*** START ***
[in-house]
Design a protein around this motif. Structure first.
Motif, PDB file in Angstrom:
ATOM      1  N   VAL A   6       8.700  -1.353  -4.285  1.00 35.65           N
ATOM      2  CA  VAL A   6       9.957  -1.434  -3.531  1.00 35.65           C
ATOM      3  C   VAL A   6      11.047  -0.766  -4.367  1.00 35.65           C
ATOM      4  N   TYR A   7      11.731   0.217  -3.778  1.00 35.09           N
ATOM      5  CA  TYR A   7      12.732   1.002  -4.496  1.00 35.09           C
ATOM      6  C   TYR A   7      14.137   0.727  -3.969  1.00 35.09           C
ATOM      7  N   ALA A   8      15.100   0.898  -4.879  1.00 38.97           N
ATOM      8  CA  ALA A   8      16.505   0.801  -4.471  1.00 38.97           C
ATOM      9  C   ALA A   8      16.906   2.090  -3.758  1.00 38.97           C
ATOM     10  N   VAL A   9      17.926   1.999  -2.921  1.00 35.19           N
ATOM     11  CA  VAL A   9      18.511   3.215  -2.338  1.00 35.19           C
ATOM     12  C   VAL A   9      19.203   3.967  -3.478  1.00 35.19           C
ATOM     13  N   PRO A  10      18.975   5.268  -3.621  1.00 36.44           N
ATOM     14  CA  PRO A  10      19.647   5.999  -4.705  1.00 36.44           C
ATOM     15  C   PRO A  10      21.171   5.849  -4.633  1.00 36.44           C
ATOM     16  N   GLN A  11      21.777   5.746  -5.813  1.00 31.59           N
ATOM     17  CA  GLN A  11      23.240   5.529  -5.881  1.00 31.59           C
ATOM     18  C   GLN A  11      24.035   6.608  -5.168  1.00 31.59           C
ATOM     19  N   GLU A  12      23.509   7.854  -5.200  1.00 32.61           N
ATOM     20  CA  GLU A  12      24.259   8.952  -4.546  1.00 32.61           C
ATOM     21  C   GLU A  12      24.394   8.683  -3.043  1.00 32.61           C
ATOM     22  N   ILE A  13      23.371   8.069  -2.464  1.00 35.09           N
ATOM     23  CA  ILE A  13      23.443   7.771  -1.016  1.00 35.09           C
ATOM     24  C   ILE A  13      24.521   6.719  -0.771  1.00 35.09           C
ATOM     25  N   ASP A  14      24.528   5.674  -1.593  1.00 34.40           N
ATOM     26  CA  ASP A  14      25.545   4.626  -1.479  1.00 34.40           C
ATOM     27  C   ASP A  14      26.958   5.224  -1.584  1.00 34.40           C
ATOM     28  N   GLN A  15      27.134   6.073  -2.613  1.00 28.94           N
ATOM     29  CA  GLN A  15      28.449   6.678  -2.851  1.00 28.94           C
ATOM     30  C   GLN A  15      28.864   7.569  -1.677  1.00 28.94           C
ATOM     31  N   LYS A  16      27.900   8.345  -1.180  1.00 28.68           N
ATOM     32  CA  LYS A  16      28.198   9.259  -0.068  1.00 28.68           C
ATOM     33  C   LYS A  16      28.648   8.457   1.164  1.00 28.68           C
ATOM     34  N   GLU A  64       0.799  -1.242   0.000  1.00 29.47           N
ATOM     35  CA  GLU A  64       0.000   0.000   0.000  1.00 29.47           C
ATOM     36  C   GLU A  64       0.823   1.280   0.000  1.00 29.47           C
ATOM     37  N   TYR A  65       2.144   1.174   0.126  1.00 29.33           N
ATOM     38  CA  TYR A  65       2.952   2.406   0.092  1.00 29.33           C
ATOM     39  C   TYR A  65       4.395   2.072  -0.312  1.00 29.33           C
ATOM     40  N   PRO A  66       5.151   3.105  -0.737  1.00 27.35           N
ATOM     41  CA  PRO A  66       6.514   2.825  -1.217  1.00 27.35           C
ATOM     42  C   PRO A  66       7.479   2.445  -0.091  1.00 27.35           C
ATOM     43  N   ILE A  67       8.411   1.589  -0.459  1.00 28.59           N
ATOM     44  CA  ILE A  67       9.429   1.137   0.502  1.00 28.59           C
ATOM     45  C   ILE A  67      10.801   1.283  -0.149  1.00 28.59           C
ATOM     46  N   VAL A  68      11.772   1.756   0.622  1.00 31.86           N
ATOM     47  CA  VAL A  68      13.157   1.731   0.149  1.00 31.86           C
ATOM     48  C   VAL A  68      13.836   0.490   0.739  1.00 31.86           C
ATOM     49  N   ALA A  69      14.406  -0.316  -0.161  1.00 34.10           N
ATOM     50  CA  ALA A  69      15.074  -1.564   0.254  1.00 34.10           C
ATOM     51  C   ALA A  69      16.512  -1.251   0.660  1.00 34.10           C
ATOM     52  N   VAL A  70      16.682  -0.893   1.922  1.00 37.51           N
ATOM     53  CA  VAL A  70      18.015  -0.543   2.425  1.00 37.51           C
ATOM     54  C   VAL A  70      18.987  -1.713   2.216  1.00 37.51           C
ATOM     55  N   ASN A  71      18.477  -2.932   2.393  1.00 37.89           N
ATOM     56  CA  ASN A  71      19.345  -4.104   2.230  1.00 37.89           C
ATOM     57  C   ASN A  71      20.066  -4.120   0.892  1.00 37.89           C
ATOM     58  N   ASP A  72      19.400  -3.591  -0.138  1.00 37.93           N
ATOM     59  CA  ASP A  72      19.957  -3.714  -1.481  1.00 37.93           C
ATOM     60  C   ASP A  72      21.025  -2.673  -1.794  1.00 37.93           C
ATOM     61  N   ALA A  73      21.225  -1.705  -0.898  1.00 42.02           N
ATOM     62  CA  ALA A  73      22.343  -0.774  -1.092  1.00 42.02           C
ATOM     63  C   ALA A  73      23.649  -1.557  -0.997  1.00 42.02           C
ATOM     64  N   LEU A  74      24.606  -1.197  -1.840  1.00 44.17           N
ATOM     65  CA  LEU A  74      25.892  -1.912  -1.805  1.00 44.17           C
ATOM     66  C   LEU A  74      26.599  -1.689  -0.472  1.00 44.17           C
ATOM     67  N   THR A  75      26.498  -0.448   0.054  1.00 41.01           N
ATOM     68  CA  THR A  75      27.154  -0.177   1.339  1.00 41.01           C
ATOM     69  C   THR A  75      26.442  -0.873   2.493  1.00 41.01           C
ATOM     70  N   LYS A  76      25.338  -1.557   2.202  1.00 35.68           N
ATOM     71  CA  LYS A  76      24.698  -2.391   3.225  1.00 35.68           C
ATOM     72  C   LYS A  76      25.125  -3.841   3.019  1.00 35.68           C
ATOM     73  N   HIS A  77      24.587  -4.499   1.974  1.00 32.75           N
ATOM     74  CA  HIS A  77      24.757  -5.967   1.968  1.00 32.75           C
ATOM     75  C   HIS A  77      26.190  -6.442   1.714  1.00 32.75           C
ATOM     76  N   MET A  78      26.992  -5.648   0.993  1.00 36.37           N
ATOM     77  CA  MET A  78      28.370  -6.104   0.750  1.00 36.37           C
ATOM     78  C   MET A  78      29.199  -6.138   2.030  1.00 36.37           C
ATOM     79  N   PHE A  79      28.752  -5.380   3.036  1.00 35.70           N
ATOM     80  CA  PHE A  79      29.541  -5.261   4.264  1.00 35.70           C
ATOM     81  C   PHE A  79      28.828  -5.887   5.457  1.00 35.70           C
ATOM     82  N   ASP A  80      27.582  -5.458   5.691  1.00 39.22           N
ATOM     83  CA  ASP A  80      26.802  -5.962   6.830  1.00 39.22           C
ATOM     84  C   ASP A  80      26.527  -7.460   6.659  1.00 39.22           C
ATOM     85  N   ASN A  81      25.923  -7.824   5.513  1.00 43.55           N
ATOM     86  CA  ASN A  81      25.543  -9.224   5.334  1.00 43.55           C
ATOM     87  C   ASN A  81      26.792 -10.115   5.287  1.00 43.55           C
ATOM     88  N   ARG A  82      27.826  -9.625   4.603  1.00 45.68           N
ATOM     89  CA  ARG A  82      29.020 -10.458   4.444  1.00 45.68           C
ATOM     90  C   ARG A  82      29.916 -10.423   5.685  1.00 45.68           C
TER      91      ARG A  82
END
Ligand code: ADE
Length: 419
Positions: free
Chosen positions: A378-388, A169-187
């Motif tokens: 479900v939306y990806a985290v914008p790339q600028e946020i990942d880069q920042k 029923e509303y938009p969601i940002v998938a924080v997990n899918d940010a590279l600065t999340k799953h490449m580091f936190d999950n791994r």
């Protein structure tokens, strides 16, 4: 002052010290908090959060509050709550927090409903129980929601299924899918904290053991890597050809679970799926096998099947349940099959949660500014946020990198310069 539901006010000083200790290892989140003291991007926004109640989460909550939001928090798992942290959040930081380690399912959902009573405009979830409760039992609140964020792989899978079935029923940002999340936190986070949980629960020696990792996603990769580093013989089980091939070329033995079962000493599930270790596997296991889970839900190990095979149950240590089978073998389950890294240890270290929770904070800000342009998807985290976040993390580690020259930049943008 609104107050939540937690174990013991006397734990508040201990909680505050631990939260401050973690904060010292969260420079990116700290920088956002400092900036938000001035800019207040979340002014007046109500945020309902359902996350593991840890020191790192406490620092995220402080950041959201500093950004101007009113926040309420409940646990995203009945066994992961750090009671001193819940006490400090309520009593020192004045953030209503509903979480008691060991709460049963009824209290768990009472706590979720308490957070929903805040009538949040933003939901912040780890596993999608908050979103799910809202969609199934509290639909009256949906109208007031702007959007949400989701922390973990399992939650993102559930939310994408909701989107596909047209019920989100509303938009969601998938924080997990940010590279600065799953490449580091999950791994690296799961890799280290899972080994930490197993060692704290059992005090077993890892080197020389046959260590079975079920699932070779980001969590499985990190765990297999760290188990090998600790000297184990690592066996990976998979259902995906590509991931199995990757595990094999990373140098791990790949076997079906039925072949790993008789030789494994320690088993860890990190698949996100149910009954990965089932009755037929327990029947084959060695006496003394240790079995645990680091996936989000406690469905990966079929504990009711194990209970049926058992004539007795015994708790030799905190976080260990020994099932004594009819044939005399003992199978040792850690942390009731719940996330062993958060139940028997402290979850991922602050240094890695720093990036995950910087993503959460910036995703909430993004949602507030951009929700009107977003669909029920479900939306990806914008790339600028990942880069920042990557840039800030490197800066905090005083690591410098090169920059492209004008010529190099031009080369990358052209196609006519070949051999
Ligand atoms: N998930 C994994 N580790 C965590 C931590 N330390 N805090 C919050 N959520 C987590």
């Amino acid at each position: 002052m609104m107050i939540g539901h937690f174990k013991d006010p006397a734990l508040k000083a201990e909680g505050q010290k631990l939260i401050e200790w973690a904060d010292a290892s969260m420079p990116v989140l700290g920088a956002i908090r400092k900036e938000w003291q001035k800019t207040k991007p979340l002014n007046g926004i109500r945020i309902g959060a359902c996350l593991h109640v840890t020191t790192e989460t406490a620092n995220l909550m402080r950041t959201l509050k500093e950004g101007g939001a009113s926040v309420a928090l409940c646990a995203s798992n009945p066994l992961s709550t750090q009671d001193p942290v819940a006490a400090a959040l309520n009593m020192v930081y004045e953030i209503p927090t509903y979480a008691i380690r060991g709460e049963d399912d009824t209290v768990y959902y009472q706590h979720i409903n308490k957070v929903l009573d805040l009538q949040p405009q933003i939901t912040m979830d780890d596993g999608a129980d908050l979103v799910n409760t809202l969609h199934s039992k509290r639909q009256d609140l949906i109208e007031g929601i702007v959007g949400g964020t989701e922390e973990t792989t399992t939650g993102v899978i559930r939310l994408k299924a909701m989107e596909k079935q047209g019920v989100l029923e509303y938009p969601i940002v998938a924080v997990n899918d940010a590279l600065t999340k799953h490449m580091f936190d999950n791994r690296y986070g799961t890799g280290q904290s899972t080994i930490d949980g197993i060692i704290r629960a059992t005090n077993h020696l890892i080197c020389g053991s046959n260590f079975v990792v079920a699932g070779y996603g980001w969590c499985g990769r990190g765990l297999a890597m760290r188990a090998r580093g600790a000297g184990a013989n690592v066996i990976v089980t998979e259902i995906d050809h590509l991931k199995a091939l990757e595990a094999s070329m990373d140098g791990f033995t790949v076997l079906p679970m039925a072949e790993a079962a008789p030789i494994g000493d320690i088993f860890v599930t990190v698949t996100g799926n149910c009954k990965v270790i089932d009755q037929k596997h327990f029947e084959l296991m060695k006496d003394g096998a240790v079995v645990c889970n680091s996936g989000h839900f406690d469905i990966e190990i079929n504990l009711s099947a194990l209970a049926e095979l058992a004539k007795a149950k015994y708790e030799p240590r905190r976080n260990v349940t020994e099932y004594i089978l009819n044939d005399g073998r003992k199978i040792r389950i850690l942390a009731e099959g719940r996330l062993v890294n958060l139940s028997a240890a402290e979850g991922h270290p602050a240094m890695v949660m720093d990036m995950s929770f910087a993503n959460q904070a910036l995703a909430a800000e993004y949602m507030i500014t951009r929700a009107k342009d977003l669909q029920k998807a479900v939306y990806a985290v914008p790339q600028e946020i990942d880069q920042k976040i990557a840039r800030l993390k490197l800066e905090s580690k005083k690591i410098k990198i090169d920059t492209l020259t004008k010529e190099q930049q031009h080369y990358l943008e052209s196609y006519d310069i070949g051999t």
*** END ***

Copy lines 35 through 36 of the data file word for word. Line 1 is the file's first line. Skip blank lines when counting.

ATOM     32  CA  LYS A  16      28.198   9.259  -0.068  1.00 28.68           C
ATOM     33  C   LYS A  16      28.648   8.457   1.164  1.00 28.68           C